A happy hundredth

Wednesday, January 16, 2013 - 19:00
Eagle River woman celebrates big milestone
Velma Davidson poses for a picture with her grandson, Erik Davidson, during her 100th birthday party on Jan. 10, 2013 in Eagle River.

Velma Davidson celebrated her birthday this year in low-key fashion, talking to family over the phone before taking a short nap. After 100 years, she’s earned it.

Davidson, of Eagle River, reached the century mark Jan. 10 surrounded by a throng of children, grandchildren and great-grandchildren at the home of her caretaker Lydia Guerrero.

“She’s put a lot of miles on her feet,” Guerrero said as Davidson put her feet up in a nearby recliner.

Davidson grew up in northern Oklahoma, where she was one of 12 children. Family was always a big part of her life, said daughter Melodee Monson.

“We’re close, but not too close,” Monson joked.

Close, but far from conventional. The Davidson family first arrived in Alaska in 1963, left for a year, then returned to settle permanently in Hope in 1965. Velma’s son, Robert, joked the family had good reason to skip 1964.

“We knew the earthquake was coming,” he said with a laugh.

Daughter DMay Binkley said she believes her parents decided on the rural Kenai Peninsula community because they both had adventuresome spirits.

“I think they just liked the more laid back attitude,” Binkley said.

After arriving in Hope, Velma and Frank ran a café and bar while their brood of seven children explored the wilds around Hope. Binkley said her parents were fair but tough.

“They didn’t take any prisoners raising us,” she said.

After a fire burned the café, the family rebuilt and turned the business into a general store and liquor store. Eventually, the business became a gas station as well. Although Frank passed away some three decades ago, Velma continued to run the station — even pumping gas for customers — until she was 94.

“Apparently you can’t keep a good woman down,” Binkley said.

Several members of Velma’s family marveled at their matriarch’s longevity. Grandson Erik Davidson, who now lives in Finland, said he’s amazed at the amount of changes his grandmother has witnessed over the years.

“It’s a window into another time,” he said.

Erik said he spent his youth tagging along behind his grandmother while she worked at the gas station. He remembers her as a determined, dedicated woman beloved by the entire town.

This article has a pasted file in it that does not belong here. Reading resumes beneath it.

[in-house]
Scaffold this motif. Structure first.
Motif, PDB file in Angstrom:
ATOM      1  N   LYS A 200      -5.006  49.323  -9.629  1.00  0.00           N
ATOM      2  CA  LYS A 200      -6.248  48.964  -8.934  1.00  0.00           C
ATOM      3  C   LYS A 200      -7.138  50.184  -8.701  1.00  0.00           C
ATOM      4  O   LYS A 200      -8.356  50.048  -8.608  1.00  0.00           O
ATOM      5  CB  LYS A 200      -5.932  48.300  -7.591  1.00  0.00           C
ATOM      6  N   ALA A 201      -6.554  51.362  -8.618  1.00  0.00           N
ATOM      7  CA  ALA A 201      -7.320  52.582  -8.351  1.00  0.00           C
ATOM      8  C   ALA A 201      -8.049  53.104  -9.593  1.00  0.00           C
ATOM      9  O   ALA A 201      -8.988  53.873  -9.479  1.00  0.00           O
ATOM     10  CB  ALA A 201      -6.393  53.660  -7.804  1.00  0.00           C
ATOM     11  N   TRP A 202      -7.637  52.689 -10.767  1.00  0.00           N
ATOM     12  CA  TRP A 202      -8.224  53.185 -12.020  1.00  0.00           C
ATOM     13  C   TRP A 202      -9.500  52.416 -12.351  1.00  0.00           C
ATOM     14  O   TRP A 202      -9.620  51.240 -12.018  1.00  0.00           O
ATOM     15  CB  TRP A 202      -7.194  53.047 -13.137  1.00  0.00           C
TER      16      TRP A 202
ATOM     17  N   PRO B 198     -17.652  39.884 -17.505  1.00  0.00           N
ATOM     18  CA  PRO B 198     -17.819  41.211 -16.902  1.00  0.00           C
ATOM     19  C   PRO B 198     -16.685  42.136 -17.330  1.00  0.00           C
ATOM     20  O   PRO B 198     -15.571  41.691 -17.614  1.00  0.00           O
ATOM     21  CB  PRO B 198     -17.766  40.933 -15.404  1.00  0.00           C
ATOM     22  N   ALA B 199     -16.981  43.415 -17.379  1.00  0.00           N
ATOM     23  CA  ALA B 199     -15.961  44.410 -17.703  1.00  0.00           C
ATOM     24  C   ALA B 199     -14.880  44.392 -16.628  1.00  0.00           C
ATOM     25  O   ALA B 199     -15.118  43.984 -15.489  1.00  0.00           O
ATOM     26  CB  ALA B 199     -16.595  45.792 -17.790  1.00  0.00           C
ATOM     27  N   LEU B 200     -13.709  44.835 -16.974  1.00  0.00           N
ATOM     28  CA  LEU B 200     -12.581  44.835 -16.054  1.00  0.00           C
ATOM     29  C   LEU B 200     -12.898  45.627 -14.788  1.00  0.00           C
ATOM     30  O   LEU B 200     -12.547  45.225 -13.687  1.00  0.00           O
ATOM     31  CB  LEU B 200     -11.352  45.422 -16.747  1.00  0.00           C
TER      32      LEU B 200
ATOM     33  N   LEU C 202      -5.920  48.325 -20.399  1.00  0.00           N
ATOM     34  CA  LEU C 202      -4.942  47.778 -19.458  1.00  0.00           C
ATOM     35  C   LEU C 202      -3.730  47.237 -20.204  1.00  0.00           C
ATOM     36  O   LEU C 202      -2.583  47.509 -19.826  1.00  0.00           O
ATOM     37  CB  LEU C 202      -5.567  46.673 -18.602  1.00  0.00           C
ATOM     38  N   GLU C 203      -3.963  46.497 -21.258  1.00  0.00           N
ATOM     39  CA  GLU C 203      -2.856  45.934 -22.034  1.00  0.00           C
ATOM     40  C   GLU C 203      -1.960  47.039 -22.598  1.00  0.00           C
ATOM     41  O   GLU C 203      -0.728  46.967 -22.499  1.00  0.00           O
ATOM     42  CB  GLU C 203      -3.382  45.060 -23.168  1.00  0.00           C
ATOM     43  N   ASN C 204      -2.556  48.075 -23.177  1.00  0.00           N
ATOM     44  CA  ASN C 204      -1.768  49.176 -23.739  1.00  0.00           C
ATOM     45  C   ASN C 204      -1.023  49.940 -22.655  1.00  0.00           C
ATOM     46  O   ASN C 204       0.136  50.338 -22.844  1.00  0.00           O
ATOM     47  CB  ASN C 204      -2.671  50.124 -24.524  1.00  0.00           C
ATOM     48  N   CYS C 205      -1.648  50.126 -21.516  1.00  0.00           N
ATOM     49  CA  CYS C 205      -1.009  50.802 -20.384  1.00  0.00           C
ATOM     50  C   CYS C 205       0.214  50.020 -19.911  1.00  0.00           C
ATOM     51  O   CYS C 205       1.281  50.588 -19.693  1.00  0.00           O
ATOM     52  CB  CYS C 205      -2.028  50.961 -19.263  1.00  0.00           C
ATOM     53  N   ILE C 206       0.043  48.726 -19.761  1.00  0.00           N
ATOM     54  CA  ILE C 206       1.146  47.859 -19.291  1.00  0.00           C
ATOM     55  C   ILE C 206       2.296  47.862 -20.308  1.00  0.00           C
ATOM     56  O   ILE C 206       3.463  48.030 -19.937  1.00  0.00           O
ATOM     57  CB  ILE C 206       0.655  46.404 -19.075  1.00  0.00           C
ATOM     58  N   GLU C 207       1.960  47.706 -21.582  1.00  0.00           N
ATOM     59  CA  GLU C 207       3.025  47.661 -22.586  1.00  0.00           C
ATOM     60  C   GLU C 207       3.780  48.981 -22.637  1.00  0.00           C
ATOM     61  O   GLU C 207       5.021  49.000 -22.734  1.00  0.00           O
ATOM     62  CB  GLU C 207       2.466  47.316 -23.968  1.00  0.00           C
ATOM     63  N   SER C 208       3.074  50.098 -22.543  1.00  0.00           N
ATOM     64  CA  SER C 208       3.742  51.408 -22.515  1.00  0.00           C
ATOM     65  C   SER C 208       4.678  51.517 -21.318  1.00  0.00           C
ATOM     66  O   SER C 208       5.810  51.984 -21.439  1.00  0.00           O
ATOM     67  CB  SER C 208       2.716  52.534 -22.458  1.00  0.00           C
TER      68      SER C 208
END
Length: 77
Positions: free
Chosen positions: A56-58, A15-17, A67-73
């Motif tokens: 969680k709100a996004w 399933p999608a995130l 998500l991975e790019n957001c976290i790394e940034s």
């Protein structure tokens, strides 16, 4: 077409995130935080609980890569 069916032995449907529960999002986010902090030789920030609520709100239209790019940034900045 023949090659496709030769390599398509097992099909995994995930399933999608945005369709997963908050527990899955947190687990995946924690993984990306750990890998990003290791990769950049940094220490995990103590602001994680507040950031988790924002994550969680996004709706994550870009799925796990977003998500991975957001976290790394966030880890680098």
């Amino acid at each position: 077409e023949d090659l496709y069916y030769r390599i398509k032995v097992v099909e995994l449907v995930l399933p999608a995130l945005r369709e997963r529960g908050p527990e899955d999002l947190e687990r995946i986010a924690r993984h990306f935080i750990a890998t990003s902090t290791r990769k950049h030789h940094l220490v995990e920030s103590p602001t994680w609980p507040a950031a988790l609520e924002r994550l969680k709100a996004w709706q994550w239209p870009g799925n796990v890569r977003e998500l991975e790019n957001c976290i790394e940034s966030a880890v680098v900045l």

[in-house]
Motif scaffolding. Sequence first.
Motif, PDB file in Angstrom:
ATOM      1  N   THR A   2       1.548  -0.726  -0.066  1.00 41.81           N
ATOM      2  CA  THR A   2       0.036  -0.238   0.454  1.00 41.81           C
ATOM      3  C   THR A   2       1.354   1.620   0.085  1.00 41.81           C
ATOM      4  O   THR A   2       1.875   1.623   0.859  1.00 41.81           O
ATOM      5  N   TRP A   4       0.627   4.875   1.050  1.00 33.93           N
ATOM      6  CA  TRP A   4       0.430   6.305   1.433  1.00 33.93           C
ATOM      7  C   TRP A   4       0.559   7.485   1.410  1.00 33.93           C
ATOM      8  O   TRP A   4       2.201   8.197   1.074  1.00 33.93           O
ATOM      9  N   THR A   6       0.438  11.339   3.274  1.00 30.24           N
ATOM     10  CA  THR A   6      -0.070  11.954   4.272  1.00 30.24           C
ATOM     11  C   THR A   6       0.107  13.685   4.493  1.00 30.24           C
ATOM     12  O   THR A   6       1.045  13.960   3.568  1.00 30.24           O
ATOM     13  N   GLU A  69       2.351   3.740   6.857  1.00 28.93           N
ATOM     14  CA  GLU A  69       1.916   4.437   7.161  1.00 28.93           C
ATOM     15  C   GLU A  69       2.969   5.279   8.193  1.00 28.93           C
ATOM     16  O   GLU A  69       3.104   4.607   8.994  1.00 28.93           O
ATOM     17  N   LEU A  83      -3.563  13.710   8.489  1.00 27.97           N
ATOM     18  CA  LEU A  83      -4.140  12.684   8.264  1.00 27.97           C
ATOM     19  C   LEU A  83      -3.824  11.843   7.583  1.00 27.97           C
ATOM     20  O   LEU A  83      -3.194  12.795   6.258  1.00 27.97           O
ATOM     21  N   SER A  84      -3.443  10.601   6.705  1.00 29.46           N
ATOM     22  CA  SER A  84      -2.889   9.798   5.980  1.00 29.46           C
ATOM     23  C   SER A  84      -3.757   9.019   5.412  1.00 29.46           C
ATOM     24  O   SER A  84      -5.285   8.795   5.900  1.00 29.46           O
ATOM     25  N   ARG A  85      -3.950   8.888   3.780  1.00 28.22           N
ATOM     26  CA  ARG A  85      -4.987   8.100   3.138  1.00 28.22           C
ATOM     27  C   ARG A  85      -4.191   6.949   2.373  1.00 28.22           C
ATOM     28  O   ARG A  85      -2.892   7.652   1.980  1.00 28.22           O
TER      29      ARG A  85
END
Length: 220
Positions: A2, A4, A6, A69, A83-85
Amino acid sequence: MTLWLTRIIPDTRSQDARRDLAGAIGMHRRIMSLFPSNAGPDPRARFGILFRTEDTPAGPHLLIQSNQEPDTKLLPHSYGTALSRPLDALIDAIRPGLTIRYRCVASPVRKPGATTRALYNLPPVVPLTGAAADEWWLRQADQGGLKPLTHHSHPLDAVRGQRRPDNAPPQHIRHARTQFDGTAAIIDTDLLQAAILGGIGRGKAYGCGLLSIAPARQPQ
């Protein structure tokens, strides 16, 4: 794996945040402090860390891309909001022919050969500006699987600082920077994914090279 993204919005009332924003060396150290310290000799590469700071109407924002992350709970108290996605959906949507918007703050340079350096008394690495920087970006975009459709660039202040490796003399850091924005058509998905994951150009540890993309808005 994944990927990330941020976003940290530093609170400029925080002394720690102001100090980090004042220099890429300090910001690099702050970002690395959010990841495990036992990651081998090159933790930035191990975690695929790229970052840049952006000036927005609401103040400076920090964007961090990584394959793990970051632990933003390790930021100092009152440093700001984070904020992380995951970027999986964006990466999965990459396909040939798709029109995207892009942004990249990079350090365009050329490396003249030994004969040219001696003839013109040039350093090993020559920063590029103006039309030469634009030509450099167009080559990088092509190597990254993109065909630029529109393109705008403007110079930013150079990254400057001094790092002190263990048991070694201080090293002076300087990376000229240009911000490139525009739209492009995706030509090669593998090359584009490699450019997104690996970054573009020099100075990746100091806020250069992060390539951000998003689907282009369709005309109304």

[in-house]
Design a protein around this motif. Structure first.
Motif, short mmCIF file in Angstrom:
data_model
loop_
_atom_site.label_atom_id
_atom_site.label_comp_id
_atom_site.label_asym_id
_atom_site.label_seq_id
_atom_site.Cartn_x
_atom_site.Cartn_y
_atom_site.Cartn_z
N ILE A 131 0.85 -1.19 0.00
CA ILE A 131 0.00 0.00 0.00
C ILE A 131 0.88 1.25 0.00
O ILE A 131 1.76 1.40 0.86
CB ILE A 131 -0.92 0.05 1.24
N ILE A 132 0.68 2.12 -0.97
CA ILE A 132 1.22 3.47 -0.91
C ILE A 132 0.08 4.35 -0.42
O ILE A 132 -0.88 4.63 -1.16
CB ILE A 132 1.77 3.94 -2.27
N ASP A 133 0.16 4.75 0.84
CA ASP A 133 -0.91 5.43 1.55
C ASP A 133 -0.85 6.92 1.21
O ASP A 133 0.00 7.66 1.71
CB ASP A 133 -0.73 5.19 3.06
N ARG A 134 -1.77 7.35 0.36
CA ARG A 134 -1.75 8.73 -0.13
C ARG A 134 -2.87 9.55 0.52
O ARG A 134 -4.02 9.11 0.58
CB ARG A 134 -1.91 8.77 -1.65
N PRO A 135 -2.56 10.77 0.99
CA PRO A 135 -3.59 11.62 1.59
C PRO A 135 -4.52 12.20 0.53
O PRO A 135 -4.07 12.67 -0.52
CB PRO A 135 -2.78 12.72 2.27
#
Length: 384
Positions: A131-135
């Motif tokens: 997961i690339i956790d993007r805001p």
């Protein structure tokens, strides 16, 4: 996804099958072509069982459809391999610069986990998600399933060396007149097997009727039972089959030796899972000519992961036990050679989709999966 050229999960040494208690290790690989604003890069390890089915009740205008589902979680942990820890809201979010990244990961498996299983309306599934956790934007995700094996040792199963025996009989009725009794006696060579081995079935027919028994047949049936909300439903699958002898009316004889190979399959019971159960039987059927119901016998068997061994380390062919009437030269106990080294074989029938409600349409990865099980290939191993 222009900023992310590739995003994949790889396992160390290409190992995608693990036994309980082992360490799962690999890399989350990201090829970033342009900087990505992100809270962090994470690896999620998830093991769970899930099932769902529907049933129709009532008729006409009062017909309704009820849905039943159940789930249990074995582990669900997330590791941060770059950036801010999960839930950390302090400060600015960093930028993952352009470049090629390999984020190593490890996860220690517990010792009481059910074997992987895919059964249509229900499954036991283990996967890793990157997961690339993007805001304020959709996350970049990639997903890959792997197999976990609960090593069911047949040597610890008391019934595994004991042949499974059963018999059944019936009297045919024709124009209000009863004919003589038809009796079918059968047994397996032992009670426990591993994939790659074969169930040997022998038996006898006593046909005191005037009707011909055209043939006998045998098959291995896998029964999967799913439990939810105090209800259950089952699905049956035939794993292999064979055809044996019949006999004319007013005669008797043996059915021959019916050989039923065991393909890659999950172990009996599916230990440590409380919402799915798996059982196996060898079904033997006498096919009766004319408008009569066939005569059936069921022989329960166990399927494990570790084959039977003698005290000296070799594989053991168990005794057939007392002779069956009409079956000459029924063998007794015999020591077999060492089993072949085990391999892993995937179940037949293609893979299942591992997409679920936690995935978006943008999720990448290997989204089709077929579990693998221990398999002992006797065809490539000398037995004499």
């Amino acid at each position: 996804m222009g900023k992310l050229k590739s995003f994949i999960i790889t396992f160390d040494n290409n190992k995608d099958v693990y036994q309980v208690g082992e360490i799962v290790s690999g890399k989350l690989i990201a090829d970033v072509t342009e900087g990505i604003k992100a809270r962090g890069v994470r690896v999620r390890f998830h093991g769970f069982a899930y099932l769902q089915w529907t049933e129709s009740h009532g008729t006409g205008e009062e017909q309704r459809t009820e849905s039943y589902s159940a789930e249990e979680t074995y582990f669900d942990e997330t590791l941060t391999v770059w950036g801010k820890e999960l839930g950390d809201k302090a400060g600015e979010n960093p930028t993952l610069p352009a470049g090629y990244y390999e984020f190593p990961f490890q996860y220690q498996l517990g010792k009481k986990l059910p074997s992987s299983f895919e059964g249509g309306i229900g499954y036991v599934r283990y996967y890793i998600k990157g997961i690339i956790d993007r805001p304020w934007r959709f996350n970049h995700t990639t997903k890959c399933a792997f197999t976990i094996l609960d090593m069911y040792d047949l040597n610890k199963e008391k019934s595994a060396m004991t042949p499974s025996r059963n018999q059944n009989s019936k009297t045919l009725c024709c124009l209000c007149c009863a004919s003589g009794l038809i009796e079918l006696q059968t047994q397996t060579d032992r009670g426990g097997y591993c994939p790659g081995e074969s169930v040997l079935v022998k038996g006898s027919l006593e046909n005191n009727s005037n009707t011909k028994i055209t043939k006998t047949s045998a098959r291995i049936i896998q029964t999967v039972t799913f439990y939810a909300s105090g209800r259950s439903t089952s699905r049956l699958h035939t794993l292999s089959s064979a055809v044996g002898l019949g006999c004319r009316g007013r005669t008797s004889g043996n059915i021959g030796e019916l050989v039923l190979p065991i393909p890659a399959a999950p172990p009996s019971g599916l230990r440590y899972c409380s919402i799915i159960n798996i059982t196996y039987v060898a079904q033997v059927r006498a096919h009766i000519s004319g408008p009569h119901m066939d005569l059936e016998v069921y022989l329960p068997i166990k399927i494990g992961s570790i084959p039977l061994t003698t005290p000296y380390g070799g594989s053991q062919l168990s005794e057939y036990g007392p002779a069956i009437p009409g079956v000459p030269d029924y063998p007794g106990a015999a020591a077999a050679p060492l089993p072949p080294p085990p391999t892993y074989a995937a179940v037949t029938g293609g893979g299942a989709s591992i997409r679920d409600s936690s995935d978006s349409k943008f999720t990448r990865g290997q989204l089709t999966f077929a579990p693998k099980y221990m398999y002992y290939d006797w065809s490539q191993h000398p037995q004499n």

“I guess courageous is how I’d describe her,” he said.

Binkley agreed with that assessment. She said her parents were a strong-willed duo who took a big risk by moving their large family to Alaska.

“It was a huge leap of faith,” she said.

Leaps of faith were nothing new for Velma, who chose Frank as her life’s love after the dashing youngster made a rather clumsy first impression.

“His horse stepped on her foot,” Binkley said.

From that moment on, the pair was inseparable, she said. The couple moved to California, where Velma was a teacher, before their final move to the Last Frontier.

In Hope, the Davidson family became a huge part of the small community, hosting smorgasbord-style community dinners at their café.

“Those were really cool,” said Binkley.

College-educated and with a pulse on her community like no one else, Velma became the unofficial voice of Hope, writing a column in the Cheechako News, an early Kenai Peninsula paper.

Velma’s granddaughter Emilee Monson, a biologist who flew from Portland for the party, said life at her grandma’s house in the woods of Hope was an ideal setting for a curious youngster to grow up.

“We could go anywhere we wanted,” she said.

Velma’s grandson Dennis now runs the family gas station. A few years ago, Velma moved to Eagle River, where she’s lived with Guerrero since. Health problems have kept her inside much of the time recently. But up until last year, Guerrero said, Velma was a regular fixture at the Chugiak-Eagle River Senior Center.

“She’s a real sweetheart,” Guerrero said.

About a dozen family members from across Alaska and Outside gathered for the big birthday party, a testament to the birthday girl’s abilities as an Alaska pioneer and strong-willed mother. Raising her kids right, said Melodee Monson, is something her mother always took pride in.

“She was interviewed once by a newspaper and asked what her biggest accomplishment was,” Monson recalled. “She said, ‘I raised seven children, and none of them are on welfare.’”

As her family gathered around her to offer birthday wishes, Velma sat up in her recliner and offered a wide, proud smile to the generations gathered before her.

“It is a pretty tight-knit family,” Monson said.

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